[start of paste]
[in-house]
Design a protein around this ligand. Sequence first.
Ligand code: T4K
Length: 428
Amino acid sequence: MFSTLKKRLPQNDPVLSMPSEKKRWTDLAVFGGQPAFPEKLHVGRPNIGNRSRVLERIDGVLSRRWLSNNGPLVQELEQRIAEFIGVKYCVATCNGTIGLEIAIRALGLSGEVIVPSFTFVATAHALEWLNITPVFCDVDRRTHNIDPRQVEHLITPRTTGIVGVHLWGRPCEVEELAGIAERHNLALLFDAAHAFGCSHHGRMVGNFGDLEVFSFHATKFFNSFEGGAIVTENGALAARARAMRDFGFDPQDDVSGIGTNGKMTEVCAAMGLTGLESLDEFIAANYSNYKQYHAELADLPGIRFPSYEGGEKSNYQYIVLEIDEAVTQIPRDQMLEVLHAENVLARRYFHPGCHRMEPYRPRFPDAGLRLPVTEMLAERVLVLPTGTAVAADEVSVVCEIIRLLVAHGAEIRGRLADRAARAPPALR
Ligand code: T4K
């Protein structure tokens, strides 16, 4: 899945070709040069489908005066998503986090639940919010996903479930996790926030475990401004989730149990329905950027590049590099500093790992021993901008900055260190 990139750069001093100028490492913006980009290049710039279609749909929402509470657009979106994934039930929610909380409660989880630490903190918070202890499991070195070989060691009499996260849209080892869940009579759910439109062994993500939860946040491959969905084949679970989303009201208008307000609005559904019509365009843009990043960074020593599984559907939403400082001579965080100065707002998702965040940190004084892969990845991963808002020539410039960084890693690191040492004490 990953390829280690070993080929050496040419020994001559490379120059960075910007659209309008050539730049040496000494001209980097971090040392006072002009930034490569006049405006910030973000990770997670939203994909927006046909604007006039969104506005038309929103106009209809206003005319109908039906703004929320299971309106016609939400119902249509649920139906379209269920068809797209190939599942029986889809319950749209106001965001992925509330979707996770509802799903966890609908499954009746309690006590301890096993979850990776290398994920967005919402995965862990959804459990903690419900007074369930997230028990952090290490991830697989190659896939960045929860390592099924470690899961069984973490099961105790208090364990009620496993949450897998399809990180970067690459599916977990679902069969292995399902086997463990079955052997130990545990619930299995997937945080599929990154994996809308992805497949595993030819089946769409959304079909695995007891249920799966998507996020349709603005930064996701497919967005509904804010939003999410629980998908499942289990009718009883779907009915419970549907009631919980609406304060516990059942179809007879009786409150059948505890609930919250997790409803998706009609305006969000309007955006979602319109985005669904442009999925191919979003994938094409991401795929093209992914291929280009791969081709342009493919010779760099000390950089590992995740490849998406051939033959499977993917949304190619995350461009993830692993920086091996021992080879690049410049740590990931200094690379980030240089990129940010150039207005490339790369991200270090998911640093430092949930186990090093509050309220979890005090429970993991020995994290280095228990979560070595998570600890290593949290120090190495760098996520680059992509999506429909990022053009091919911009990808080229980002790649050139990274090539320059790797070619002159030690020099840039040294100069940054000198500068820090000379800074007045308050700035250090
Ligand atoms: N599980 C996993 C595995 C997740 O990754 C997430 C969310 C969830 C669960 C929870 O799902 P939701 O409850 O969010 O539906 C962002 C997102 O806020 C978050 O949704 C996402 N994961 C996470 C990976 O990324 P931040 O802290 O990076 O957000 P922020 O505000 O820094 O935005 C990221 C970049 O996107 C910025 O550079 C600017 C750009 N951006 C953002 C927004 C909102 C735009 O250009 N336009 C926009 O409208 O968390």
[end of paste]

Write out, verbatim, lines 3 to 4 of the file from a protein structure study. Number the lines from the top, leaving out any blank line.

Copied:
Ligand code: T4K
Length: 428